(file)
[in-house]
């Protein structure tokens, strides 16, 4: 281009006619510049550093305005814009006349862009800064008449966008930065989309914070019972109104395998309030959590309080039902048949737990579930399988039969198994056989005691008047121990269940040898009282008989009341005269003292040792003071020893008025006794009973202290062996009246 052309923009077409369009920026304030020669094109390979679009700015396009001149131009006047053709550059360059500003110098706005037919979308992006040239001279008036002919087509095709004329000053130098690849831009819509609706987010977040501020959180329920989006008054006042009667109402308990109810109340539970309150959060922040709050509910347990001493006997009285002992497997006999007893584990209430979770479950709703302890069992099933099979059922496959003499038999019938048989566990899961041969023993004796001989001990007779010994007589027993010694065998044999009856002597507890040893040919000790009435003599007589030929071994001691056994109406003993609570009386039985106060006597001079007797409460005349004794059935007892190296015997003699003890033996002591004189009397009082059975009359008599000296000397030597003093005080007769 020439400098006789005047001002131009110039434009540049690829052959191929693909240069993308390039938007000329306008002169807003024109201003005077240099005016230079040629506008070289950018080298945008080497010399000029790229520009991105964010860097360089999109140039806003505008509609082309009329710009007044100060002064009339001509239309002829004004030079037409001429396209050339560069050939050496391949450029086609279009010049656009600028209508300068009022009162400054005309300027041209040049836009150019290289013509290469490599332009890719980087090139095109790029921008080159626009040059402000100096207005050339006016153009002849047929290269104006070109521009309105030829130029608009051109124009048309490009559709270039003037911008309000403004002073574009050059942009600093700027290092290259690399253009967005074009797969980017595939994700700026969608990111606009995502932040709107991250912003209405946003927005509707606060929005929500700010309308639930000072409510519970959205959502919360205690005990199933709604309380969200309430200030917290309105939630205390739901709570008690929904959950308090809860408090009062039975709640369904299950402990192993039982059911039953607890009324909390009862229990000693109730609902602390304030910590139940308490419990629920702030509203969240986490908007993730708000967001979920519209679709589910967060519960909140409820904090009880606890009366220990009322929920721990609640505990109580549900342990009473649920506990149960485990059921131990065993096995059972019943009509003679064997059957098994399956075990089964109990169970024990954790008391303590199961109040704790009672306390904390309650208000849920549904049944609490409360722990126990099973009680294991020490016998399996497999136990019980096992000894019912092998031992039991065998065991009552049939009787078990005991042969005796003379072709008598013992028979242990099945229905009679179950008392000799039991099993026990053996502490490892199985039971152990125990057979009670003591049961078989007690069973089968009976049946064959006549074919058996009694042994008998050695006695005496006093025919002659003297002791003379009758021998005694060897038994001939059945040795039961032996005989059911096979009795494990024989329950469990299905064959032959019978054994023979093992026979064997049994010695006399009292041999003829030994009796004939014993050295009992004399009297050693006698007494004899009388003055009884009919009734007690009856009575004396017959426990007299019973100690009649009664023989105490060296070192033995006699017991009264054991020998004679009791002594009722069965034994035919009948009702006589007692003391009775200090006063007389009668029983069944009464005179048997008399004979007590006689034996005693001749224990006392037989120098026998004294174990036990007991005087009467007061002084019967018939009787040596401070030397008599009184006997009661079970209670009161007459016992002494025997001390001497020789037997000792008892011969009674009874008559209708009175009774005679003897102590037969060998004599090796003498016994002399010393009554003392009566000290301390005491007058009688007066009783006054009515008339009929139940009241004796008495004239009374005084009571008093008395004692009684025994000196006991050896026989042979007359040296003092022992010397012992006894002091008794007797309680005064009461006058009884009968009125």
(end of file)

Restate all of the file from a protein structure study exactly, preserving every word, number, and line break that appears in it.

[in-house]
């Protein structure tokens, strides 16, 4: 281009006619510049550093305005814009006349862009800064008449966008930065989309914070019972109104395998309030959590309080039902048949737990579930399988039969198994056989005691008047121990269940040898009282008989009341005269003292040792003071020893008025006794009973202290062996009246 052309923009077409369009920026304030020669094109390979679009700015396009001149131009006047053709550059360059500003110098706005037919979308992006040239001279008036002919087509095709004329000053130098690849831009819509609706987010977040501020959180329920989006008054006042009667109402308990109810109340539970309150959060922040709050509910347990001493006997009285002992497997006999007893584990209430979770479950709703302890069992099933099979059922496959003499038999019938048989566990899961041969023993004796001989001990007779010994007589027993010694065998044999009856002597507890040893040919000790009435003599007589030929071994001691056994109406003993609570009386039985106060006597001079007797409460005349004794059935007892190296015997003699003890033996002591004189009397009082059975009359008599000296000397030597003093005080007769 020439400098006789005047001002131009110039434009540049690829052959191929693909240069993308390039938007000329306008002169807003024109201003005077240099005016230079040629506008070289950018080298945008080497010399000029790229520009991105964010860097360089999109140039806003505008509609082309009329710009007044100060002064009339001509239309002829004004030079037409001429396209050339560069050939050496391949450029086609279009010049656009600028209508300068009022009162400054005309300027041209040049836009150019290289013509290469490599332009890719980087090139095109790029921008080159626009040059402000100096207005050339006016153009002849047929290269104006070109521009309105030829130029608009051109124009048309490009559709270039003037911008309000403004002073574009050059942009600093700027290092290259690399253009967005074009797969980017595939994700700026969608990111606009995502932040709107991250912003209405946003927005509707606060929005929500700010309308639930000072409510519970959205959502919360205690005990199933709604309380969200309430200030917290309105939630205390739901709570008690929904959950308090809860408090009062039975709640369904299950402990192993039982059911039953607890009324909390009862229990000693109730609902602390304030910590139940308490419990629920702030509203969240986490908007993730708000967001979920519209679709589910967060519960909140409820904090009880606890009366220990009322929920721990609640505990109580549900342990009473649920506990149960485990059921131990065993096995059972019943009509003679064997059957098994399956075990089964109990169970024990954790008391303590199961109040704790009672306390904390309650208000849920549904049944609490409360722990126990099973009680294991020490016998399996497999136990019980096992000894019912092998031992039991065998065991009552049939009787078990005991042969005796003379072709008598013992028979242990099945229905009679179950008392000799039991099993026990053996502490490892199985039971152990125990057979009670003591049961078989007690069973089968009976049946064959006549074919058996009694042994008998050695006695005496006093025919002659003297002791003379009758021998005694060897038994001939059945040795039961032996005989059911096979009795494990024989329950469990299905064959032959019978054994023979093992026979064997049994010695006399009292041999003829030994009796004939014993050295009992004399009297050693006698007494004899009388003055009884009919009734007690009856009575004396017959426990007299019973100690009649009664023989105490060296070192033995006699017991009264054991020998004679009791002594009722069965034994035919009948009702006589007692003391009775200090006063007389009668029983069944009464005179048997008399004979007590006689034996005693001749224990006392037989120098026998004294174990036990007991005087009467007061002084019967018939009787040596401070030397008599009184006997009661079970209670009161007459016992002494025997001390001497020789037997000792008892011969009674009874008559209708009175009774005679003897102590037969060998004599090796003498016994002399010393009554003392009566000290301390005491007058009688007066009783006054009515008339009929139940009241004796008495004239009374005084009571008093008395004692009684025994000196006991050896026989042979007359040296003092022992010397012992006894002091008794007797309680005064009461006058009884009968009125």